Ecological communities are shaped by biotic interactions and abiotic environmental filters at different spatial scales, determining which species can reach and persist in a certain habitat. Species traits play an important role in these processes and thus a functional perspective, going beyond the mere study of species identities, is considered as promising approach to better understand underlying mechanisms. The contribution of biotic interactions and environmental filters to community assembly is still little known, especially in response to human-induced land use change and intensification, which are major drivers of biodiversity loss and biotic homogenization.
This project aims to address this topic by investigating the effects of potential environmental filters accompanying agricultural and silvicultural land use on plant and insect communities and their interactions within the frame of the large-scale and long-term project Biodiversity Exploratories. Using a functional trait perspective, we identify important insect traits responding to different filters such as historic and current landscape composition and local land use intensity. We then relate insect community composition to plant community composition using interactive networks and a trophic response-effect framework. Finally, we investigate how those effects influence different ecosystem functions. A major focus is placed on insect herbivory, an important ecosystem process at the base of many food webs.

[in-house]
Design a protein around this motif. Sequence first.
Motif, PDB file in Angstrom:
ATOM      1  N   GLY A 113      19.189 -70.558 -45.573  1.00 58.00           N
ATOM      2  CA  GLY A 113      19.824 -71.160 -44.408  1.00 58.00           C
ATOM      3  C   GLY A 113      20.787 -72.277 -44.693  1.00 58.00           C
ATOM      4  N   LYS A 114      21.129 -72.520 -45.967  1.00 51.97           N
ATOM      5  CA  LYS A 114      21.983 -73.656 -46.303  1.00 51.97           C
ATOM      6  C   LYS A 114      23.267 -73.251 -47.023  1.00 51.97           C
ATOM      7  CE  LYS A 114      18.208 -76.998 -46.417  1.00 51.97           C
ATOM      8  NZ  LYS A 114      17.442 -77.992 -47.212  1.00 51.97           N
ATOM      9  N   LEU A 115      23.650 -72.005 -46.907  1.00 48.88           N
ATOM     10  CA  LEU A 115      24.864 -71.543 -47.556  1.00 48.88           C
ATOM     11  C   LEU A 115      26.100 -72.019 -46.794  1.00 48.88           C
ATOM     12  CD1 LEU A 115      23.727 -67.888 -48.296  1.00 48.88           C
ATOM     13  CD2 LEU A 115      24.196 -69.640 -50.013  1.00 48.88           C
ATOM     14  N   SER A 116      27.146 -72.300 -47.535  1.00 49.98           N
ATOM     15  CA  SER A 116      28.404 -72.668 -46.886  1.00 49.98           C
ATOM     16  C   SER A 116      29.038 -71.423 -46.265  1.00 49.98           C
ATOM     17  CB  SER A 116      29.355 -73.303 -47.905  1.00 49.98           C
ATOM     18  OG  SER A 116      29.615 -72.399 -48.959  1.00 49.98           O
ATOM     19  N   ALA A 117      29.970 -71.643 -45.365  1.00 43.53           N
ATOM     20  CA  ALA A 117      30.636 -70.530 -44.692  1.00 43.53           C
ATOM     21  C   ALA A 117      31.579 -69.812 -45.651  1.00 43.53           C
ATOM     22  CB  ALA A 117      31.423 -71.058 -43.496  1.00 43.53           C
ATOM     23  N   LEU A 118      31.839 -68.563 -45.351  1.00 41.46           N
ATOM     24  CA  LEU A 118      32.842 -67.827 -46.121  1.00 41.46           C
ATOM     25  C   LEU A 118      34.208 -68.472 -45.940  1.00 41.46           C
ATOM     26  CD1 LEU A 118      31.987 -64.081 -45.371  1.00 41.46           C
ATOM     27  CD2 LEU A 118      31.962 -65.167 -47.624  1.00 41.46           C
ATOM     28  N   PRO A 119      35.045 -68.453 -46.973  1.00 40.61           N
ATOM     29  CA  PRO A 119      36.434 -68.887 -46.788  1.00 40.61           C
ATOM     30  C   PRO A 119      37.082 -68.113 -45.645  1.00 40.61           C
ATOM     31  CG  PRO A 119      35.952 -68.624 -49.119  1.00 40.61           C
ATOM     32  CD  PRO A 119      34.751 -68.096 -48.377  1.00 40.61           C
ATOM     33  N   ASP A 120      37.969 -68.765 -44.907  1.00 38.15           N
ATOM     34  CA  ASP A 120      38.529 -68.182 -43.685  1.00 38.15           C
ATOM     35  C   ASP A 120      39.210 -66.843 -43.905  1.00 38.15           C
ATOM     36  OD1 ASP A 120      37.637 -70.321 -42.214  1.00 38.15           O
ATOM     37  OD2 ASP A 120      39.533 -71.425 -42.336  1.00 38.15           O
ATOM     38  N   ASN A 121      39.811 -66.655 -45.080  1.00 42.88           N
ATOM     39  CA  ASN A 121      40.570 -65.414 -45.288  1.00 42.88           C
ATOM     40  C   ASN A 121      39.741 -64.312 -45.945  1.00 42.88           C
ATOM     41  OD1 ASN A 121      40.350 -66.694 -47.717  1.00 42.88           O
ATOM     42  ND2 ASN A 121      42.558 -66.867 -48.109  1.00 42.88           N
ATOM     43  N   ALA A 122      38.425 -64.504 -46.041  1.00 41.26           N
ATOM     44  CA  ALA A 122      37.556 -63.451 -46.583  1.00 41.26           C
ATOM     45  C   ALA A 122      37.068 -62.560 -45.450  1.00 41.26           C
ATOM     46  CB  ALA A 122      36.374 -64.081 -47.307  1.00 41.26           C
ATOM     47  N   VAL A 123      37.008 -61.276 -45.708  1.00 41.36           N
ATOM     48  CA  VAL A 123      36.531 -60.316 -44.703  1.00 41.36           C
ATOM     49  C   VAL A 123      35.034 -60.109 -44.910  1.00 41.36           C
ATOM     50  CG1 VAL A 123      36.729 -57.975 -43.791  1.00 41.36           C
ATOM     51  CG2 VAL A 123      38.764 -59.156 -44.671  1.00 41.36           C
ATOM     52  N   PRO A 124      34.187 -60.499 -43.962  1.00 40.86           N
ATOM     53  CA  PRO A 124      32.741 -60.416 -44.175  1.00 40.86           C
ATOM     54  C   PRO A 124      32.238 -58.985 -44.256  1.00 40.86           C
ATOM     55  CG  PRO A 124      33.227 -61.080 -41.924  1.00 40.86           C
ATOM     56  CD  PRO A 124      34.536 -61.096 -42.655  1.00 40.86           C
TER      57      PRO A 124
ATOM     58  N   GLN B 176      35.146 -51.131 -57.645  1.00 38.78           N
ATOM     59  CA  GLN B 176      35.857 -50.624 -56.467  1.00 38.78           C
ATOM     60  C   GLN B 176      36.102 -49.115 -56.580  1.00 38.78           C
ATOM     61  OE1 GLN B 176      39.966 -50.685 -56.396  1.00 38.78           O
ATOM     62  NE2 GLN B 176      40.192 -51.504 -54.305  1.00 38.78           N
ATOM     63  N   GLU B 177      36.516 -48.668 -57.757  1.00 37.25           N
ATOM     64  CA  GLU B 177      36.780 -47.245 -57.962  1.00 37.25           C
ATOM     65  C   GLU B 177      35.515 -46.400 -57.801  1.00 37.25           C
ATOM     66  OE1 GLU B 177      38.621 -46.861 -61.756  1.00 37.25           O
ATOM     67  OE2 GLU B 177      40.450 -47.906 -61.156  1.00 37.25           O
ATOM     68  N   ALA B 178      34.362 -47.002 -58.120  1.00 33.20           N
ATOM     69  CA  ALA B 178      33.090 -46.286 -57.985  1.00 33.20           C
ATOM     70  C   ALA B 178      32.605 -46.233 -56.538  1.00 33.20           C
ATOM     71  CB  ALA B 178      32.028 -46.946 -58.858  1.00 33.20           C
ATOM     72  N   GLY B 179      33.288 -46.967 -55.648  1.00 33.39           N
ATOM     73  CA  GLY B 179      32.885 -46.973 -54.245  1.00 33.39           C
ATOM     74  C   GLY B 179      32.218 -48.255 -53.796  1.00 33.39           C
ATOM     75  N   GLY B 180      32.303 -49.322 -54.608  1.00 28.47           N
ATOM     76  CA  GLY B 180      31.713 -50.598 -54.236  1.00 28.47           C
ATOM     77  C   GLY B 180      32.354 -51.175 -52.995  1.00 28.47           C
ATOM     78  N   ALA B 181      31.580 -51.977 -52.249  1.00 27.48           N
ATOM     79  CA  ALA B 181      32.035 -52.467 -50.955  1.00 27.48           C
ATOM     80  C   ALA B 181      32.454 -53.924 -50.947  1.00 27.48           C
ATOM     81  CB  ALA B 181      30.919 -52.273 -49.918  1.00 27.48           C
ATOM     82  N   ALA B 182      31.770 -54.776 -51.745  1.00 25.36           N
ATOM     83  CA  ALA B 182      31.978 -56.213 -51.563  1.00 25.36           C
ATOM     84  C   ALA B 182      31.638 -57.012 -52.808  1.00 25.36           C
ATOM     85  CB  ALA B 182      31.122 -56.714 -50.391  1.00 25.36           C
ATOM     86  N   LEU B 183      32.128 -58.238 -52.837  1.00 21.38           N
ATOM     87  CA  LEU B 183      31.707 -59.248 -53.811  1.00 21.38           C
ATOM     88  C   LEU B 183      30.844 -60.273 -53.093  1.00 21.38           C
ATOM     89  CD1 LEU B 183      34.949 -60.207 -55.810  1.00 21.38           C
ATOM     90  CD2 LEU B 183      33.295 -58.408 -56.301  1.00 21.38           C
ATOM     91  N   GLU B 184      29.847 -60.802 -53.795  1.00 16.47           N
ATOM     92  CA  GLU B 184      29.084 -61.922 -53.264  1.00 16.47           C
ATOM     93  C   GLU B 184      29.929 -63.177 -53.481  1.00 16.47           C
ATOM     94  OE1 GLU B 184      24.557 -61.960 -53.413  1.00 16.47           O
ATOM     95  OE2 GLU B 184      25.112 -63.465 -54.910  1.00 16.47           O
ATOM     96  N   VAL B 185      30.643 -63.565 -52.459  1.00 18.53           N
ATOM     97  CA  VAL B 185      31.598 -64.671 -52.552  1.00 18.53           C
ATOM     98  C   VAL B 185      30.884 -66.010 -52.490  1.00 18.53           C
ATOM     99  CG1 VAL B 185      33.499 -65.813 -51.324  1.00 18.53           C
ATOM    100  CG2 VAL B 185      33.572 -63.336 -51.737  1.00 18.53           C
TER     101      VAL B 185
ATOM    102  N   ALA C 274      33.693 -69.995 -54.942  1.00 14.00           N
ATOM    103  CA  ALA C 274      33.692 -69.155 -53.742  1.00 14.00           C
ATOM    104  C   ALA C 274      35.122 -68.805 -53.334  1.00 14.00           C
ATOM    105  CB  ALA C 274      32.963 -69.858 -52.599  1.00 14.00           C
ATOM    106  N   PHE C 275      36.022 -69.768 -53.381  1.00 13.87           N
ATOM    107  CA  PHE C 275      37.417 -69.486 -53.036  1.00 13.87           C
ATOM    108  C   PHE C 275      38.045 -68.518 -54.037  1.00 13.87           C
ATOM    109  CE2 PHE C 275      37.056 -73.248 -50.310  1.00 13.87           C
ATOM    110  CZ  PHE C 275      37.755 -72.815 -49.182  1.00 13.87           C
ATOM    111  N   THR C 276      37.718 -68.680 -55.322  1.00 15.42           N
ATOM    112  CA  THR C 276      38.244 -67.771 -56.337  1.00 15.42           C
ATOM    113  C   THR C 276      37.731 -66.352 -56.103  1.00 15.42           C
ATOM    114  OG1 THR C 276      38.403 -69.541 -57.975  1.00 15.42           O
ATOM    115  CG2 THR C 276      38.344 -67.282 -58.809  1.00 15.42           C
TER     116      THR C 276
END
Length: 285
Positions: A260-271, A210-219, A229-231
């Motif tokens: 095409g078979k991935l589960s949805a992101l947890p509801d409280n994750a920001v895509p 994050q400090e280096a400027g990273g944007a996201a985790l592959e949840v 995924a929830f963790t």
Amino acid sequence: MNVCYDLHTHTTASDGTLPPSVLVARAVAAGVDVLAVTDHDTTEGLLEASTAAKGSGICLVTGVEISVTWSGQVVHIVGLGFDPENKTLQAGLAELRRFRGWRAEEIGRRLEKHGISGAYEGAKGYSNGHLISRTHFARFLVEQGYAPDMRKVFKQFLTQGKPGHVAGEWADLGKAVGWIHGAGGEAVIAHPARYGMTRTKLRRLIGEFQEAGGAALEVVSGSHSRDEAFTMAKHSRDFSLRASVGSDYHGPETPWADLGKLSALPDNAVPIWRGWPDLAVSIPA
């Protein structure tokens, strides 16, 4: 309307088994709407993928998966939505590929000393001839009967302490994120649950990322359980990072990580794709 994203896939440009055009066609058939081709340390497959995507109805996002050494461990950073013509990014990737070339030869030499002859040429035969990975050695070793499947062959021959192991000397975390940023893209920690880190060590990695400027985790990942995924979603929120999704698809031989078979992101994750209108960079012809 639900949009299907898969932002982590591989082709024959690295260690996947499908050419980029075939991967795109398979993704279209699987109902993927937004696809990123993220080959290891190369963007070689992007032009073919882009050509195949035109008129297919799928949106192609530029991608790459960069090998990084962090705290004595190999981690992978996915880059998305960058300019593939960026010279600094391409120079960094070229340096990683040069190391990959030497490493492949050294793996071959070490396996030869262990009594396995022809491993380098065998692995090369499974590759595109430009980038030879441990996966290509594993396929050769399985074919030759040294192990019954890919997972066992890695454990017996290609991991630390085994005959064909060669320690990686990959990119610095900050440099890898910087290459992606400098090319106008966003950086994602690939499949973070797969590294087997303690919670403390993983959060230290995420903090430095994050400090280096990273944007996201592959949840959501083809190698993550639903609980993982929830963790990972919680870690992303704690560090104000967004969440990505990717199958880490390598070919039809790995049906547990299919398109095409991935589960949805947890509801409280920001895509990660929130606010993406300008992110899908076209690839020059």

This study will enable an estimation of the relevance of different pathways linking land use, plant and insect communities, and ecosystem processes. This will improve predictions of the consequences of forest and grassland management for biodiversity and ecosystem functioning. Additionally, a better mechanistic understanding will help to optimise management strategies aiming at reducing negative effects on these ecosystem processes.